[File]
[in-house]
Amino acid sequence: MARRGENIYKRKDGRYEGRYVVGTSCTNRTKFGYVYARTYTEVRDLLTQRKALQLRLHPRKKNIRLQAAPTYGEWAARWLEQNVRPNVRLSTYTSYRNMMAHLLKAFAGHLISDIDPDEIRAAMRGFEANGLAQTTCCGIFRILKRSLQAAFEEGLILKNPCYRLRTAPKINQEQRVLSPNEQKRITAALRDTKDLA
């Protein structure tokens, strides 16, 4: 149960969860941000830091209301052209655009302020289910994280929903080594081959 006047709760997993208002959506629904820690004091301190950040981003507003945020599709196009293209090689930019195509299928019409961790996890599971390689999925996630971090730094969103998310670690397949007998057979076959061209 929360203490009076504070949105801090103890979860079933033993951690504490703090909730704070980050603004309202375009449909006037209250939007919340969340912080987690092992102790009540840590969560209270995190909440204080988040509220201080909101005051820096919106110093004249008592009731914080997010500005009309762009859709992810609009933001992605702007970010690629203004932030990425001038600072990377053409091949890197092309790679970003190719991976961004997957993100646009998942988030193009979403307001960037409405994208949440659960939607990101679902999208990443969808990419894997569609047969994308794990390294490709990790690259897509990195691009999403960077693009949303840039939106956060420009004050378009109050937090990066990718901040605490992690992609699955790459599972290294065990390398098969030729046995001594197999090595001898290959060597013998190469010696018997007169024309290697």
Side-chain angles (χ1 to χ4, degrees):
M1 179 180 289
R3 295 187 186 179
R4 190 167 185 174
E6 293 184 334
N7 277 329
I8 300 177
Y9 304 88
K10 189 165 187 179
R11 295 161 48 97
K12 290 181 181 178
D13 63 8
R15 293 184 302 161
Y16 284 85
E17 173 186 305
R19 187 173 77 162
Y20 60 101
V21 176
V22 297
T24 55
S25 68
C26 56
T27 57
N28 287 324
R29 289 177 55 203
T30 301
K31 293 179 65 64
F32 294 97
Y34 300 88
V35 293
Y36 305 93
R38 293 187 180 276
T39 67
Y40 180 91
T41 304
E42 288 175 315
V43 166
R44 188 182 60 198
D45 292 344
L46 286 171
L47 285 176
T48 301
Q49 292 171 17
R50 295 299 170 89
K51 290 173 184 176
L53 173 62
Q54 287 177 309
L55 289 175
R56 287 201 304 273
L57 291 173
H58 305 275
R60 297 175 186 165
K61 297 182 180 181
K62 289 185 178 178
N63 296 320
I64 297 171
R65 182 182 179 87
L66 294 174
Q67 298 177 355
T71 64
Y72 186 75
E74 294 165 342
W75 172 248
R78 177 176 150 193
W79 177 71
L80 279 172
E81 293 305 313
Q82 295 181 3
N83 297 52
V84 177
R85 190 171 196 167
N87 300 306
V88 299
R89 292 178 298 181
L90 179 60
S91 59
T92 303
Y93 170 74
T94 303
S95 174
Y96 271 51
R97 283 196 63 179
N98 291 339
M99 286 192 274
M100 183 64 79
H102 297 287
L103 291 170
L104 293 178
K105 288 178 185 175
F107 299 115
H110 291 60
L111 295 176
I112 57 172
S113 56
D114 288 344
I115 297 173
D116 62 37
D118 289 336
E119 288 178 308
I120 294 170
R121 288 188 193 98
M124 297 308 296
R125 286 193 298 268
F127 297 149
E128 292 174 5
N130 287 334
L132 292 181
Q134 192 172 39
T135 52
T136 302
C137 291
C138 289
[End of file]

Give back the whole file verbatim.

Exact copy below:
[in-house]
Amino acid sequence: MARRGENIYKRKDGRYEGRYVVGTSCTNRTKFGYVYARTYTEVRDLLTQRKALQLRLHPRKKNIRLQAAPTYGEWAARWLEQNVRPNVRLSTYTSYRNMMAHLLKAFAGHLISDIDPDEIRAAMRGFEANGLAQTTCCGIFRILKRSLQAAFEEGLILKNPCYRLRTAPKINQEQRVLSPNEQKRITAALRDTKDLA
């Protein structure tokens, strides 16, 4: 149960969860941000830091209301052209655009302020289910994280929903080594081959 006047709760997993208002959506629904820690004091301190950040981003507003945020599709196009293209090689930019195509299928019409961790996890599971390689999925996630971090730094969103998310670690397949007998057979076959061209 929360203490009076504070949105801090103890979860079933033993951690504490703090909730704070980050603004309202375009449909006037209250939007919340969340912080987690092992102790009540840590969560209270995190909440204080988040509220201080909101005051820096919106110093004249008592009731914080997010500005009309762009859709992810609009933001992605702007970010690629203004932030990425001038600072990377053409091949890197092309790679970003190719991976961004997957993100646009998942988030193009979403307001960037409405994208949440659960939607990101679902999208990443969808990419894997569609047969994308794990390294490709990790690259897509990195691009999403960077693009949303840039939106956060420009004050378009109050937090990066990718901040605490992690992609699955790459599972290294065990390398098969030729046995001594197999090595001898290959060597013998190469010696018997007169024309290697």
Side-chain angles (χ1 to χ4, degrees):
M1 179 180 289
R3 295 187 186 179
R4 190 167 185 174
E6 293 184 334
N7 277 329
I8 300 177
Y9 304 88
K10 189 165 187 179
R11 295 161 48 97
K12 290 181 181 178
D13 63 8
R15 293 184 302 161
Y16 284 85
E17 173 186 305
R19 187 173 77 162
Y20 60 101
V21 176
V22 297
T24 55
S25 68
C26 56
T27 57
N28 287 324
R29 289 177 55 203
T30 301
K31 293 179 65 64
F32 294 97
Y34 300 88
V35 293
Y36 305 93
R38 293 187 180 276
T39 67
Y40 180 91
T41 304
E42 288 175 315
V43 166
R44 188 182 60 198
D45 292 344
L46 286 171
L47 285 176
T48 301
Q49 292 171 17
R50 295 299 170 89
K51 290 173 184 176
L53 173 62
Q54 287 177 309
L55 289 175
R56 287 201 304 273
L57 291 173
H58 305 275
R60 297 175 186 165
K61 297 182 180 181
K62 289 185 178 178
N63 296 320
I64 297 171
R65 182 182 179 87
L66 294 174
Q67 298 177 355
T71 64
Y72 186 75
E74 294 165 342
W75 172 248
R78 177 176 150 193
W79 177 71
L80 279 172
E81 293 305 313
Q82 295 181 3
N83 297 52
V84 177
R85 190 171 196 167
N87 300 306
V88 299
R89 292 178 298 181
L90 179 60
S91 59
T92 303
Y93 170 74
T94 303
S95 174
Y96 271 51
R97 283 196 63 179
N98 291 339
M99 286 192 274
M100 183 64 79
H102 297 287
L103 291 170
L104 293 178
K105 288 178 185 175
F107 299 115
H110 291 60
L111 295 176
I112 57 172
S113 56
D114 288 344
I115 297 173
D116 62 37
D118 289 336
E119 288 178 308
I120 294 170
R121 288 188 193 98
M124 297 308 296
R125 286 193 298 268
F127 297 149
E128 292 174 5
N130 287 334
L132 292 181
Q134 192 172 39
T135 52
T136 302
C137 291
C138 289